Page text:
men, masculinities and gender politics

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I hate strip joints!

The city where I live just bought out the only local strip joint and shut it down. And I have to say, I sure won’t miss the place!

I hate strip joints!

Ok, so we probably need to get this out of the way first: I am no prude. I believe that human sexuality at its best is a wonderful, amazing, beautiful, and powerful source of immense pleasure. Depending on your preference, it can be a transcendent experience shared between two people in a committed relationship that leads them to an ever deeper, ever more soulful connection. Or it can be the pursuit of pure lust between two (or more! or fewer!) people with the goal not of connection but of ecstatic release.

Or, of course, it can be somewhere in between.

Why did I feel the need to say all that? Because whenever you question our dominant model of patriarchal sexuality, you get called “anti-sex.” So let me say it clearly: Good sex is an amazing thing! But I also believe that good sex is never commodified, exploitative, coercive, or reinforcing of oppressive power relations.

And that’s why I don’t like strip joints.

Buying sex. When men go to a strip joint, they are buying a sexual experience. Actually, that’s not really true. They are not buying a real sexual experience. They are buying a fictitious representation of female sexuality that has been created entirely with the “male gaze” in mind. Strip joints attempt to cater to what is supposedly the heterosexual male fantasy ideal of sex… wherein a lithe, scantily-clad woman shimmies and gyrates, and, depending on your legal jurisdiction, shows either a little skin, a lot of skin, or all of her skin. Maybe she is dancing on a pole. (Gosh, haven’t you always wondered just what that pole is supposed to represent?) Or maybe she is writhing on the floor. Or perhaps she is grinding her body up and down on your lap in order to arouse you – or take you even further than that.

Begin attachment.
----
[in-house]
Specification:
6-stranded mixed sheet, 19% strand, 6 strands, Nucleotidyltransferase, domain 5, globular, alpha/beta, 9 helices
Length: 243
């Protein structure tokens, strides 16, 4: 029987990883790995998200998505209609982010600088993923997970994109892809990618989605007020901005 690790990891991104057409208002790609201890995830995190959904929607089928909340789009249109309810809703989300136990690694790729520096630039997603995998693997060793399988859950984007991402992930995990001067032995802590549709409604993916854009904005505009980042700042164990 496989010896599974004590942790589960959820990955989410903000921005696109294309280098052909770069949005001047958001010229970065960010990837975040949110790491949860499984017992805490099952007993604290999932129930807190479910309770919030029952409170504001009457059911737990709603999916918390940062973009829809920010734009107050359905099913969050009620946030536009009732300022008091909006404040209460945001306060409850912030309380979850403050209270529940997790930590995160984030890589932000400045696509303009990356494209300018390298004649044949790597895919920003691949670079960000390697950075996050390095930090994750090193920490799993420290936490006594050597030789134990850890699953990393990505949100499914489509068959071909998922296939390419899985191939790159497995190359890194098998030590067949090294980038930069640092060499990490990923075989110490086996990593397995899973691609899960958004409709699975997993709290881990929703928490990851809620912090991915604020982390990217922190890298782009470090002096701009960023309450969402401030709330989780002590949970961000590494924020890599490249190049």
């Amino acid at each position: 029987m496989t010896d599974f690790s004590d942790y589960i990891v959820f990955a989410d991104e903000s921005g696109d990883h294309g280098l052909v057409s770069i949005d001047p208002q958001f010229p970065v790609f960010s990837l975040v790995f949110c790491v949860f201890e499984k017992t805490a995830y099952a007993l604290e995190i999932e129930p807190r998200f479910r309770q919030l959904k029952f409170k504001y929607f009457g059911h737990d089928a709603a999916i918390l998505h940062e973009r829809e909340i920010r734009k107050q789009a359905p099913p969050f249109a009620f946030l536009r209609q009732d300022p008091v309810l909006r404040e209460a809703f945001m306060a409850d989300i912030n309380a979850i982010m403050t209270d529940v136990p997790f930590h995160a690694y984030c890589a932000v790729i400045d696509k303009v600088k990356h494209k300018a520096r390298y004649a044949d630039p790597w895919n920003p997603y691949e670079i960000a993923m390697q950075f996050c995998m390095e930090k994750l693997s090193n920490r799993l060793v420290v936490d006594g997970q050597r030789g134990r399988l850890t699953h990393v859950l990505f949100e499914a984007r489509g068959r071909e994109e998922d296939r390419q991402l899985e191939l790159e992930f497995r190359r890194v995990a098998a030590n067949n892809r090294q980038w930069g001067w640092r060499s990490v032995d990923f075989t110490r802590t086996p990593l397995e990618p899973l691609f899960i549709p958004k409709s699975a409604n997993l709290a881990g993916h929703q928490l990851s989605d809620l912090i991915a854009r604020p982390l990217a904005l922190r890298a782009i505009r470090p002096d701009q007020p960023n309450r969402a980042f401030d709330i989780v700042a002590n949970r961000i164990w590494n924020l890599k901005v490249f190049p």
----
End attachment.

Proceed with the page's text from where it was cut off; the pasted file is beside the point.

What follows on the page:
And all of this is done in exchange for money – your money – a portion of which the woman must share with the house. And often she must also “share” even more of the money she has earned through her hard work with a “manager” or pimp.

So what’s the problem with this scenario? I don’t even know where to begin. So….

Let’s “Ask Men.” I went to the website askmen.com (its motto: “Become a better man”) to see what they say about strip joints. (Or, “strip clubs,” as the site calls them, probably in an attempt to make the places seem a little more highbrow.) On the topic of how one might feel about these places, the site offers two options: “Why Do Men Love Strip Clubs?” and “Why Women Hate Strip Clubs.”

According to this formula, man = love of strip clubs. And according to this formula I (and other men like me) do not even exist!

Another problem with trying to “ask men” about this issue on that website is that the authors of both of these pieces turn out to be – surprise! – women. So I couldn’t even ask a man on askmen.com!

(And I am choosing not to critique these articles. I learned a long time ago not to confront women on issues of feminism and sexism. After all, who am I, as a man, to tell a woman how to make her way through this patriarchal world? How can I even pretend to know what choices women should be making as they try to negotiate our male supremacist society? And if I do start judging their choices, don’t I just become yet one more man who is telling a woman how to be? Even though my well-intentioned “advice” might be feminist-informed in content, my actions would just be reinforcing male domination and control. And there's nothing pro-feminist about that!)

But what about the women who worked at the strip joint? I have great empathy for women’s struggles as they try to survive in the patriarchy. And while I will not miss the strip joint that the city council bought out and shut down, I do think that the city’s actions were likely driven more by puritanical motives rather than by any feminist-informed attempt to limit the exploitation of women. Otherwise, our fearless leaders would have kept the women in mind and would not have turned them out onto the streets with no income.

According to the press coverage, some of these women were supporting not just themselves, but their children as well. Shutting down their place of employment without providing them with any alternative livelihood seems thoughtless at best, and comes across as an expression of contempt for the women themselves – quite possibly betraying a mindset that says “If stripping is bad, then strippers are also bad.”

I disagree. While I hate strip joints, I do not hate strippers. They are just women who are trying to get by… and sometimes to support their kids as well. I am glad that the bar has closed. But some money should have been found to help the women who worked there to get back on their feet.